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Brain versus Brawn: The Realization of Women's Comparative Advantage

Michelle Rendall

No 926, 2010 Meeting Papers from Society for Economic Dynamics

Abstract: While the empirical results are specific to the United States, the model developed could also be used to study cross-country differences in women's labor market participation. Rogerson (2005) notes that the change in relative employment of women and the aggregate service share (a brain-intensive sector given data evidence) between 1985 and 2000 are highly correlated at 0.82, concluding that countries which added the most jobs to the service sector also closed the employment gap the most.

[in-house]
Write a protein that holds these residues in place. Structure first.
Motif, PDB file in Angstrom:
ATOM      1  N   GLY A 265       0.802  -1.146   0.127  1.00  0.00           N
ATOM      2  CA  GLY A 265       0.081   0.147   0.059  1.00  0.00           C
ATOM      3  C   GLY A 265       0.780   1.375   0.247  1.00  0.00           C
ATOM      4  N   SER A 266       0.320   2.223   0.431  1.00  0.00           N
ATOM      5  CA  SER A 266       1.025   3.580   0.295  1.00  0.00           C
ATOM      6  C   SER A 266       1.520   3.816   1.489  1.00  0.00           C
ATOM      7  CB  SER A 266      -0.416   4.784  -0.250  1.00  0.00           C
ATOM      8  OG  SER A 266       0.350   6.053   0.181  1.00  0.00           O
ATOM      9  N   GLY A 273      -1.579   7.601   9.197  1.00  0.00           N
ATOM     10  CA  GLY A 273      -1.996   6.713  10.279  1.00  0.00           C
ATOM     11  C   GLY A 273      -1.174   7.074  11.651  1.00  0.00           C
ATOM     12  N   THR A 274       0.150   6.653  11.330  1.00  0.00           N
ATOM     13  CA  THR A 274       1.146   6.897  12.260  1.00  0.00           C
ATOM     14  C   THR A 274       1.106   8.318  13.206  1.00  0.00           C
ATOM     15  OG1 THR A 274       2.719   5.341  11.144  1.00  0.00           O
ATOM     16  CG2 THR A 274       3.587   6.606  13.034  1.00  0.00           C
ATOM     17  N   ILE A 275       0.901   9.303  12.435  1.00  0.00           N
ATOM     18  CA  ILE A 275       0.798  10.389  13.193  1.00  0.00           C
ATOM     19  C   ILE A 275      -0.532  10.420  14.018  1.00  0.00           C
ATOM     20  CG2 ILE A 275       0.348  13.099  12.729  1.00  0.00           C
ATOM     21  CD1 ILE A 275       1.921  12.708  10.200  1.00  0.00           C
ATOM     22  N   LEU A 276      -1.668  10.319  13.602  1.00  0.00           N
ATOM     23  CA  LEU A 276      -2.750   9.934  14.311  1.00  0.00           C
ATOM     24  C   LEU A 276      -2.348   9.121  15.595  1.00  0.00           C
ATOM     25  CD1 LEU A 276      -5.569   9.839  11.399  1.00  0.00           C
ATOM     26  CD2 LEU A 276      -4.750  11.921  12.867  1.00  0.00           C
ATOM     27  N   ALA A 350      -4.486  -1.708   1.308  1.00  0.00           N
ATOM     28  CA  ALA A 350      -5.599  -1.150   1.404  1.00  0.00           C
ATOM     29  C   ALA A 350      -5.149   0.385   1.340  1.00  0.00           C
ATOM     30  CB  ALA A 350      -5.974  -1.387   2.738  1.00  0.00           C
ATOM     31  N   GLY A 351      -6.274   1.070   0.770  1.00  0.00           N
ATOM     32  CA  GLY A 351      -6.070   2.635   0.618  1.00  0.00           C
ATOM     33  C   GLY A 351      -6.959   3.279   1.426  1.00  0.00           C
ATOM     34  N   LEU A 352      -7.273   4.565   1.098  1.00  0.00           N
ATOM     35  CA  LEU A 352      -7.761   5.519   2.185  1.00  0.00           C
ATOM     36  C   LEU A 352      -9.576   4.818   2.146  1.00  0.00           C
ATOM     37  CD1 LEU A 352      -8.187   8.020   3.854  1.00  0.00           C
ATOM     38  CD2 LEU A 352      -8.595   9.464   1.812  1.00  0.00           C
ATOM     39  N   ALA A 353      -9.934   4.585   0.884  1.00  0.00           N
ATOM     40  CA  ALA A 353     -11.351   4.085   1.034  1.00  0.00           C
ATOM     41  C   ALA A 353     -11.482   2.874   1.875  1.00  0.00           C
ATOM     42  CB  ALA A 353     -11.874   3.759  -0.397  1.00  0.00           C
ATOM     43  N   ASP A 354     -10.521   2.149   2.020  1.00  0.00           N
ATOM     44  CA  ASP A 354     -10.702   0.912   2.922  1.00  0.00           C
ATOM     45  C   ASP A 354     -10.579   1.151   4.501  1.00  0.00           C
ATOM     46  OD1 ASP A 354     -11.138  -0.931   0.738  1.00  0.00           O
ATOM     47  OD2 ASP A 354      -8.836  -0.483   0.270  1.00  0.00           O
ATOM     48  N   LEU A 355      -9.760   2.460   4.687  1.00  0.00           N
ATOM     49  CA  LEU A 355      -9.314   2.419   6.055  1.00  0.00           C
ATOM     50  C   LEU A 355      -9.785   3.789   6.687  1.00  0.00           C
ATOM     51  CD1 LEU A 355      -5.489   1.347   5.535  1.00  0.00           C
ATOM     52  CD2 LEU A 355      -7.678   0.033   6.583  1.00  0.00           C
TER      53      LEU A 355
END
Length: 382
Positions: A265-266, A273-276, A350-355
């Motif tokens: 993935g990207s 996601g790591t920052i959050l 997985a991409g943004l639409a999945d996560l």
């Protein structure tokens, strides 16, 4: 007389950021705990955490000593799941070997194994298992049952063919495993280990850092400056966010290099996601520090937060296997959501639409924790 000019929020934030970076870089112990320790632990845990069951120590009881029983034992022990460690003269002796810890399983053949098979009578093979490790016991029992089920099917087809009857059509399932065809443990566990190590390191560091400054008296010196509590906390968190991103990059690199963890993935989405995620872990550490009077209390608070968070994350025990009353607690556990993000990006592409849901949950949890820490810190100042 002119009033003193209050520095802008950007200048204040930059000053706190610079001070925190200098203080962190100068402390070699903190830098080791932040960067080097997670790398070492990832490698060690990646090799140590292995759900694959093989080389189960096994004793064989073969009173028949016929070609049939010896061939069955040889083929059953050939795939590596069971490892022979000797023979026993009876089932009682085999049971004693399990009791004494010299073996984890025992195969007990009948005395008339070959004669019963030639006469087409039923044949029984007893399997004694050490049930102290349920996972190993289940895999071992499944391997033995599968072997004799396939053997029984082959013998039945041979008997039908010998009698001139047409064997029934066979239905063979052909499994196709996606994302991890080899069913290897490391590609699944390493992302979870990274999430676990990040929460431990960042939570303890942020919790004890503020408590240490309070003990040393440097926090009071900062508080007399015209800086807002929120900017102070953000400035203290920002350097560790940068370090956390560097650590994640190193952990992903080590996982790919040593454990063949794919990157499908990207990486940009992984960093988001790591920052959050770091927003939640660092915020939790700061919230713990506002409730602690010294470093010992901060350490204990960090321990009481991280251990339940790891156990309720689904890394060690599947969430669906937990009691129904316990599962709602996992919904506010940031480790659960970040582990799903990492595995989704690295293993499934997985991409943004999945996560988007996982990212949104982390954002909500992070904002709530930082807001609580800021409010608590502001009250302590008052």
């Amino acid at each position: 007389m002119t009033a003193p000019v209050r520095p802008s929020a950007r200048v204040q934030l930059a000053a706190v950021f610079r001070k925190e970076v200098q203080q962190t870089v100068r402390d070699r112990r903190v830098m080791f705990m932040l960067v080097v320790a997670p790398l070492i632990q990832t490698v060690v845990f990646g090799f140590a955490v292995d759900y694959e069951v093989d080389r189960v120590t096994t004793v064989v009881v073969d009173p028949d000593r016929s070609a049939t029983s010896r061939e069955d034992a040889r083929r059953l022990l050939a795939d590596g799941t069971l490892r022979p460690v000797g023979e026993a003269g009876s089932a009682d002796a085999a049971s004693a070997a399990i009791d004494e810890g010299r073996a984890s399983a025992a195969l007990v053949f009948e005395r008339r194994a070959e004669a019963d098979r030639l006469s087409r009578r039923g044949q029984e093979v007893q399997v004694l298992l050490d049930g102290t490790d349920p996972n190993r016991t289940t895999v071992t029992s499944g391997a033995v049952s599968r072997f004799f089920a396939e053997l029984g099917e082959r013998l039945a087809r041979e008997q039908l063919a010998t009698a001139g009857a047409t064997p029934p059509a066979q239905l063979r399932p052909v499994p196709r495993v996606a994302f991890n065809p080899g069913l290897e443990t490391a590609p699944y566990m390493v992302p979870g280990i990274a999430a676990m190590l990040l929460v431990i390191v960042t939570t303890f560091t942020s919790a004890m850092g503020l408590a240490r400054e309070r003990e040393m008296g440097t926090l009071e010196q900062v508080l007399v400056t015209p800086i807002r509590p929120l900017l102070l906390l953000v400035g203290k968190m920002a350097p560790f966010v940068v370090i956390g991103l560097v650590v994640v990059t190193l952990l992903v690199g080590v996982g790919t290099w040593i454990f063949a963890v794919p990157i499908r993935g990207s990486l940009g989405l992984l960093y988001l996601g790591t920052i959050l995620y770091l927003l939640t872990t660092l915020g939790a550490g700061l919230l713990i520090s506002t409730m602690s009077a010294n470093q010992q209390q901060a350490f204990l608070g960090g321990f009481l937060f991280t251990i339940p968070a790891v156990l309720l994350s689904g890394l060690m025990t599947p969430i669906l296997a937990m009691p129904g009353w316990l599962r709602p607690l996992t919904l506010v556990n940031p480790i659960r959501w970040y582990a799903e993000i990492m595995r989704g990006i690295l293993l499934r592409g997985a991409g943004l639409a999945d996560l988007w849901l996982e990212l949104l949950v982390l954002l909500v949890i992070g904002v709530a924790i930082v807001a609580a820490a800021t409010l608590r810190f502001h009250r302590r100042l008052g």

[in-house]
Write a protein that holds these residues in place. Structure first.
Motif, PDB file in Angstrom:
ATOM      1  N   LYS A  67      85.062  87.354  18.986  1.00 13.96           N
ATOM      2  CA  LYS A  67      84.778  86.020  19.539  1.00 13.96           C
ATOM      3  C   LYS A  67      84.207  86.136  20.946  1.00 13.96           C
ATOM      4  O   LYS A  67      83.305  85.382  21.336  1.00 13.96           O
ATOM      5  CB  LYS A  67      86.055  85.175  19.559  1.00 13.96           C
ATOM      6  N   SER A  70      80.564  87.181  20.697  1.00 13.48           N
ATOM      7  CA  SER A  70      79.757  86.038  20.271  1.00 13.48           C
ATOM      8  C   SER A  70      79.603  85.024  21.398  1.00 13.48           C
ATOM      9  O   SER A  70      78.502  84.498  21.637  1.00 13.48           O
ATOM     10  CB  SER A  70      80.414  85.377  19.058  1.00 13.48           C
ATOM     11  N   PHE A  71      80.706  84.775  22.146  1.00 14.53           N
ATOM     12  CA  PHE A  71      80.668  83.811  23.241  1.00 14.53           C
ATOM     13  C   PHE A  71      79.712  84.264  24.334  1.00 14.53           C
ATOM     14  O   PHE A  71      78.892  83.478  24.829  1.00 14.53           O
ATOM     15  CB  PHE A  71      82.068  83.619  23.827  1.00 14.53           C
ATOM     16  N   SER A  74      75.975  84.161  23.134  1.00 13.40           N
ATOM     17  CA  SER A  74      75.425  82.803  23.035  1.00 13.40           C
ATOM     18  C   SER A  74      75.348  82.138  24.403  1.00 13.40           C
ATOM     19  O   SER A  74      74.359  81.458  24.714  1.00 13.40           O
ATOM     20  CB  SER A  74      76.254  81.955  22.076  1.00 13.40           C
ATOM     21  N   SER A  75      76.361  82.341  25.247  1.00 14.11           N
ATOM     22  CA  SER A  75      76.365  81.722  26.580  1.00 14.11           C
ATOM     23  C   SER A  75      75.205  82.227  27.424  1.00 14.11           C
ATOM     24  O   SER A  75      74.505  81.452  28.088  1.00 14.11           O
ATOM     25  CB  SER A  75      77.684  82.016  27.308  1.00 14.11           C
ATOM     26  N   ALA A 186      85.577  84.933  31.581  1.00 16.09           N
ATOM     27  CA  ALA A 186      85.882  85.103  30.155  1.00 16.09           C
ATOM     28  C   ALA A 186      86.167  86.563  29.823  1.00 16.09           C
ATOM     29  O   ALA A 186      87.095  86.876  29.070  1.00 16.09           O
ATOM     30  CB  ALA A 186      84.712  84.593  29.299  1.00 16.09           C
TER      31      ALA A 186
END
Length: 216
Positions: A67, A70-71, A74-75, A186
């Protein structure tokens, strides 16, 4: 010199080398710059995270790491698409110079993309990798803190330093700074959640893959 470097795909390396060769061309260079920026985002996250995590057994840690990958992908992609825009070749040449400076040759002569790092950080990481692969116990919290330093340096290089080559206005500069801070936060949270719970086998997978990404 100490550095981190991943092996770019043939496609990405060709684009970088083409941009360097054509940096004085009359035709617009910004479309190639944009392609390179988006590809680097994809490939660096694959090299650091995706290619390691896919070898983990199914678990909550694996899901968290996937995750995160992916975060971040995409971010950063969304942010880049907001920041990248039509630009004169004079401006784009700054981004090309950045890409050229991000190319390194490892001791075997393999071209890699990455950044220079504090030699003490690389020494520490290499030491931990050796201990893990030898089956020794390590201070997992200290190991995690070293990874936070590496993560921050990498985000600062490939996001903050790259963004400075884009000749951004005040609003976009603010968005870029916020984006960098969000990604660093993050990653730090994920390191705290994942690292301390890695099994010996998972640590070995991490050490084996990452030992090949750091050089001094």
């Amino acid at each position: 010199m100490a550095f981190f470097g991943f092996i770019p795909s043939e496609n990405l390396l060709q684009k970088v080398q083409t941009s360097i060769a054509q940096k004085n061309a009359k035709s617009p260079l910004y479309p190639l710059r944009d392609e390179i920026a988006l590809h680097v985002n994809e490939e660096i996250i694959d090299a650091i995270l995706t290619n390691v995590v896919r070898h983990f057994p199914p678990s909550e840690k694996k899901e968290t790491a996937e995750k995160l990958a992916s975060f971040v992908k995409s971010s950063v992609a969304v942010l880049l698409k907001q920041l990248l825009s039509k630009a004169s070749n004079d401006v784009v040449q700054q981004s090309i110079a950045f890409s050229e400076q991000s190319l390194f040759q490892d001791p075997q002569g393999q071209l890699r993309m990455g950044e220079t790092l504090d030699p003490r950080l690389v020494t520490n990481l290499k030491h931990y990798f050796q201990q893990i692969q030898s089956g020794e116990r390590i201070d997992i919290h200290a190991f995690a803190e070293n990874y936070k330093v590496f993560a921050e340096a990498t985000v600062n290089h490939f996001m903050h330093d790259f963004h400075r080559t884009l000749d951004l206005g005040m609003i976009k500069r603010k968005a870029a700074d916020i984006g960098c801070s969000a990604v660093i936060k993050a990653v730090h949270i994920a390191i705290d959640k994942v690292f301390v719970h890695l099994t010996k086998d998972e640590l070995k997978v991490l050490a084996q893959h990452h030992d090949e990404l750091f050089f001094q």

Date: 2010
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Working Paper: Brain versus brawn: the realization of women's comparative advantage (2017) Downloads
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